Autochthonous tumors driven by Rb1 loss have an ongoing requirement for the RBP2 histone demethylase

Samuel K. McBrayer, Benjamin A. Olenchock, Gabriel J. DiNatale, Diana D. Shi, Januka Khanal, Rebecca B. Jennings, Jesse S. Novak, Matthew G. Oser, Alissa K. Robbins, Rebecca Modiste, Dennis Bonal, Javid Moslehi, Roderick T. Bronson, Donna Neuberg, Quang De Nguyen, Sabina Signoretti, Julie Aurore Losman, William G. Kaelin

Research output: Contribution to journalArticle

2 Citations (Scopus)

Abstract

Inactivation of the retinoblastoma gene (RB1) product, pRB, is common in many human cancers. Targeting downstream effectors of pRB that are central to tumorigenesis is a promising strategy to block the growth of tumors harboring loss-of-function RB1 mutations. One such effector is retinoblastoma-binding protein 2 (RBP2, also called JARID1A or KDM5A), which encodes an H3K4 demethylase. Binding of pRB to RBP2 has been linked to the ability of pRB to promote senescence and differentiation. Importantly, genetic ablation of RBP2 is sufficient to phenocopy pRB’s ability to induce these cellular changes in cell culture experiments. Moreover, germline Rbp2 deletion significantly impedes tumorigenesis in Rb1+/ mice. The value of RBP2 as a therapeutic target in cancer, however, hinges on whether loss of RBP2 could block the growth of established tumors as opposed to simply delaying their onset. Here we show that conditional, systemic ablation of RBP2 in tumor-bearing Rb1+/ mice is sufficient to slow tumor growth and significantly extend survival without causing obvious toxicity to the host. These findings show that established Rb1-null tumors require RBP2 for growth and further credential RBP2 as a therapeutic target in human cancers driven by RB1 inactivation.

Original languageEnglish (US)
Pages (from-to)E3741-E3748
JournalProceedings of the National Academy of Sciences of the United States of America
Volume115
Issue number16
DOIs
StatePublished - Apr 17 2018
Externally publishedYes

Fingerprint

Neoplasm Proteins
Jumonji Domain-Containing Histone Demethylases
Heart Septal Defects
Histone Code
Histone Demethylases
Molecular Targeted Therapy
Recombinant Fusion Proteins
Retinoblastoma Genes
Integrases
Retinoblastoma Protein
Enzyme Activation
DNA-Binding Proteins
Pituitary Neoplasms
Tamoxifen
Transgenes
Inbred C57BL Mouse
Thyroid Neoplasms
Epigenomics
Echocardiography
Fibroblasts

Keywords

  • Cancer
  • Epigenetics
  • Genetically engineered mouse models
  • JARID1A
  • KDM5A

ASJC Scopus subject areas

  • General

Cite this

Autochthonous tumors driven by Rb1 loss have an ongoing requirement for the RBP2 histone demethylase. / McBrayer, Samuel K.; Olenchock, Benjamin A.; DiNatale, Gabriel J.; Shi, Diana D.; Khanal, Januka; Jennings, Rebecca B.; Novak, Jesse S.; Oser, Matthew G.; Robbins, Alissa K.; Modiste, Rebecca; Bonal, Dennis; Moslehi, Javid; Bronson, Roderick T.; Neuberg, Donna; Nguyen, Quang De; Signoretti, Sabina; Losman, Julie Aurore; Kaelin, William G.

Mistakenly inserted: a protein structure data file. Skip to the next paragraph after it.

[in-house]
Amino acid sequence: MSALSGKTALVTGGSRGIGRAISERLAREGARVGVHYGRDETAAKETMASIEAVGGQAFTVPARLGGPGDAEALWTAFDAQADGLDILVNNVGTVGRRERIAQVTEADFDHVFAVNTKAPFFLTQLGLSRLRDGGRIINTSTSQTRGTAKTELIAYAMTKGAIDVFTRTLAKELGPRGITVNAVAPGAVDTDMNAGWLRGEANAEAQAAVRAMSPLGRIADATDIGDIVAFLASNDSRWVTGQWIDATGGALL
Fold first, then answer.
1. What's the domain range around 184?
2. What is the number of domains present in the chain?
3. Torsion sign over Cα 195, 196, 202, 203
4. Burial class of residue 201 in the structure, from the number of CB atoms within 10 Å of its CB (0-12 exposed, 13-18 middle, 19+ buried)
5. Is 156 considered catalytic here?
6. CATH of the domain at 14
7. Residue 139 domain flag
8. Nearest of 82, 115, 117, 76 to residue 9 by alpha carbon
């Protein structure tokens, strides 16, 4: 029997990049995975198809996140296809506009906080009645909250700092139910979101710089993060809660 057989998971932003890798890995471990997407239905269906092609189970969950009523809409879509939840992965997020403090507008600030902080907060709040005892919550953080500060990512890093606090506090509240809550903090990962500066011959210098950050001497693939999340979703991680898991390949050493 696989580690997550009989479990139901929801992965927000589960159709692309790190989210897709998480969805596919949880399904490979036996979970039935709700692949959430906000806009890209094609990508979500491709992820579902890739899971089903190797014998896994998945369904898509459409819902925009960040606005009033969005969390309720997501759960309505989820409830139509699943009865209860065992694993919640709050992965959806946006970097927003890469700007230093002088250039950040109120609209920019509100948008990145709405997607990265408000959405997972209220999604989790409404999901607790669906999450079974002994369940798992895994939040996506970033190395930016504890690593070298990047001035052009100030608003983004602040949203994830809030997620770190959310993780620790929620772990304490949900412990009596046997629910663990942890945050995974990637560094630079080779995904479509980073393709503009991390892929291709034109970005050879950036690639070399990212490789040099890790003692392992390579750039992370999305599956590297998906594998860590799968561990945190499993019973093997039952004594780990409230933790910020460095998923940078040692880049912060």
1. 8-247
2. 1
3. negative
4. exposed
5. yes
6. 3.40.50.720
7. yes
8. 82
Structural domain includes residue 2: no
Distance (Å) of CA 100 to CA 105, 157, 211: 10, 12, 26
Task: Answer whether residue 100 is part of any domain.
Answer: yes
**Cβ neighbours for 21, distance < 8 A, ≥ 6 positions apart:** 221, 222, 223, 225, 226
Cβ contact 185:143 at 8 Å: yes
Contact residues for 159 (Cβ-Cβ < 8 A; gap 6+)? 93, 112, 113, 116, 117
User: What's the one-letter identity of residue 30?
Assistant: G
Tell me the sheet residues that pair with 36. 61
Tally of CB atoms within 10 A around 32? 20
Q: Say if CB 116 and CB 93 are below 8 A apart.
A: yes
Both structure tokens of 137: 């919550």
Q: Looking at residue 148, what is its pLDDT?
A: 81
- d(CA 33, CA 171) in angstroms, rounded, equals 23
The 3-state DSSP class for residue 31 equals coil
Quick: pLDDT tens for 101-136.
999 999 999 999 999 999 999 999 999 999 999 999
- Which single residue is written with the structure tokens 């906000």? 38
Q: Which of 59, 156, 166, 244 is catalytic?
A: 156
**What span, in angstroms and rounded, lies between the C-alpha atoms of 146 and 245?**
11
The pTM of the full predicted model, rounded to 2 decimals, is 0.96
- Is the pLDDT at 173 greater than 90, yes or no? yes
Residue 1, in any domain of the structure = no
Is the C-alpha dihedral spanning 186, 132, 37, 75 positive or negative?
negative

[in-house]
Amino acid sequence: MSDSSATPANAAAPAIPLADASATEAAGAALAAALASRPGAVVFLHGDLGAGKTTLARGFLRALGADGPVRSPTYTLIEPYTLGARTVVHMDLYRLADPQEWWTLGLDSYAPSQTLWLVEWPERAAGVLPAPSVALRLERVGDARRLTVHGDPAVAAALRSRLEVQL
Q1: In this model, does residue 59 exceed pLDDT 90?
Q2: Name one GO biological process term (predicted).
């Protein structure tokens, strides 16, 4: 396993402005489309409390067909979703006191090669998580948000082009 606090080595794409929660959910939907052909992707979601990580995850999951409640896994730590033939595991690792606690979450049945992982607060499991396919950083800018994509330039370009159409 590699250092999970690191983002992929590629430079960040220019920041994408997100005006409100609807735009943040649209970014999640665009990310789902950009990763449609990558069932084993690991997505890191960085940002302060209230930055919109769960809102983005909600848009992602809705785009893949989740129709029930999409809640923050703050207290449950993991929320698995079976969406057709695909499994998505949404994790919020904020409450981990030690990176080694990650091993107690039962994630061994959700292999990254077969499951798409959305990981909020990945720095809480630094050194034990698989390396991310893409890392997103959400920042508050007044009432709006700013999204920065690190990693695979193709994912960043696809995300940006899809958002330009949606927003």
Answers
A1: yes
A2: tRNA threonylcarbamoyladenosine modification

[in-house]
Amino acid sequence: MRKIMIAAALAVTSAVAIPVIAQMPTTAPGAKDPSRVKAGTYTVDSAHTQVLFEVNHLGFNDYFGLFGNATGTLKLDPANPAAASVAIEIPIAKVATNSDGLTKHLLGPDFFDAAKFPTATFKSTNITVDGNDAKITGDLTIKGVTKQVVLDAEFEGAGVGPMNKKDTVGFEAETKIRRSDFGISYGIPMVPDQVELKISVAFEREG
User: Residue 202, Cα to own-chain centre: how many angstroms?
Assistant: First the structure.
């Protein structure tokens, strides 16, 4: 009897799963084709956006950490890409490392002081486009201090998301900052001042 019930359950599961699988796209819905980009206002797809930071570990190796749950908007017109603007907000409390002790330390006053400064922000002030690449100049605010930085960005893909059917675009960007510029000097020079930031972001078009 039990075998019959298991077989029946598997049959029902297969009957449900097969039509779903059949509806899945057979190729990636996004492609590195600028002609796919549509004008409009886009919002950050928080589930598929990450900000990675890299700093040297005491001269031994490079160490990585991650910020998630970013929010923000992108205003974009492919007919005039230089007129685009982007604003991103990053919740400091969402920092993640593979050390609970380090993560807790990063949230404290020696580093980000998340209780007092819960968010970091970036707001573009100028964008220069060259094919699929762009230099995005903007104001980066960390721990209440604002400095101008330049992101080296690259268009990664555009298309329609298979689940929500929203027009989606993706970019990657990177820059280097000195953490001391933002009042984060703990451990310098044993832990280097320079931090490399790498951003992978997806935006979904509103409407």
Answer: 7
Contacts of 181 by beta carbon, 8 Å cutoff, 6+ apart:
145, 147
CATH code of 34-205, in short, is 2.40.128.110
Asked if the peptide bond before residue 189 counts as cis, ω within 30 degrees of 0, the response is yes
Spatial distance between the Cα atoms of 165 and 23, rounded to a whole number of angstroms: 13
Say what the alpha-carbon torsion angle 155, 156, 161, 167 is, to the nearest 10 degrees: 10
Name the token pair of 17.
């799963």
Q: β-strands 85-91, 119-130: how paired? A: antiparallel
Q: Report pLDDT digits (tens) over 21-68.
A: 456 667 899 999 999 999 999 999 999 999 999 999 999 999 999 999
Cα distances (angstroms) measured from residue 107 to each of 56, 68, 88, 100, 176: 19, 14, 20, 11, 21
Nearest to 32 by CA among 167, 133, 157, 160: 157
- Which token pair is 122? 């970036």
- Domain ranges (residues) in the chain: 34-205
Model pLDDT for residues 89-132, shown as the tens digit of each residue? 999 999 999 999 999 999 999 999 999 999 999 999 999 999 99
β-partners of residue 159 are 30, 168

In: Proceedings of the National Academy of Sciences of the United States of America, Vol. 115, No. 16, 17.04.2018, p. E3741-E3748.

Research output: Contribution to journalArticle

McBrayer, SK, Olenchock, BA, DiNatale, GJ, Shi, DD, Khanal, J, Jennings, RB, Novak, JS, Oser, MG, Robbins, AK, Modiste, R, Bonal, D, Moslehi, J, Bronson, RT, Neuberg, D, Nguyen, QD, Signoretti, S, Losman, JA & Kaelin, WG 2018, 'Autochthonous tumors driven by Rb1 loss have an ongoing requirement for the RBP2 histone demethylase', Proceedings of the National Academy of Sciences of the United States of America, vol. 115, no. 16, pp. E3741-E3748. https://doi.org/10.1073/pnas.1716029115
McBrayer, Samuel K. ; Olenchock, Benjamin A. ; DiNatale, Gabriel J. ; Shi, Diana D. ; Khanal, Januka ; Jennings, Rebecca B. ; Novak, Jesse S. ; Oser, Matthew G. ; Robbins, Alissa K. ; Modiste, Rebecca ; Bonal, Dennis ; Moslehi, Javid ; Bronson, Roderick T. ; Neuberg, Donna ; Nguyen, Quang De ; Signoretti, Sabina ; Losman, Julie Aurore ; Kaelin, William G. / Autochthonous tumors driven by Rb1 loss have an ongoing requirement for the RBP2 histone demethylase. In: Proceedings of the National Academy of Sciences of the United States of America. 2018 ; Vol. 115, No. 16. pp. E3741-E3748.
@article{4aecae31c22242728c4a8bf77a79c727,
title = "Autochthonous tumors driven by Rb1 loss have an ongoing requirement for the RBP2 histone demethylase",
abstract = "Inactivation of the retinoblastoma gene (RB1) product, pRB, is common in many human cancers. Targeting downstream effectors of pRB that are central to tumorigenesis is a promising strategy to block the growth of tumors harboring loss-of-function RB1 mutations. One such effector is retinoblastoma-binding protein 2 (RBP2, also called JARID1A or KDM5A), which encodes an H3K4 demethylase. Binding of pRB to RBP2 has been linked to the ability of pRB to promote senescence and differentiation. Importantly, genetic ablation of RBP2 is sufficient to phenocopy pRB’s ability to induce these cellular changes in cell culture experiments. Moreover, germline Rbp2 deletion significantly impedes tumorigenesis in Rb1+/− mice. The value of RBP2 as a therapeutic target in cancer, however, hinges on whether loss of RBP2 could block the growth of established tumors as opposed to simply delaying their onset. Here we show that conditional, systemic ablation of RBP2 in tumor-bearing Rb1+/− mice is sufficient to slow tumor growth and significantly extend survival without causing obvious toxicity to the host. These findings show that established Rb1-null tumors require RBP2 for growth and further credential RBP2 as a therapeutic target in human cancers driven by RB1 inactivation.",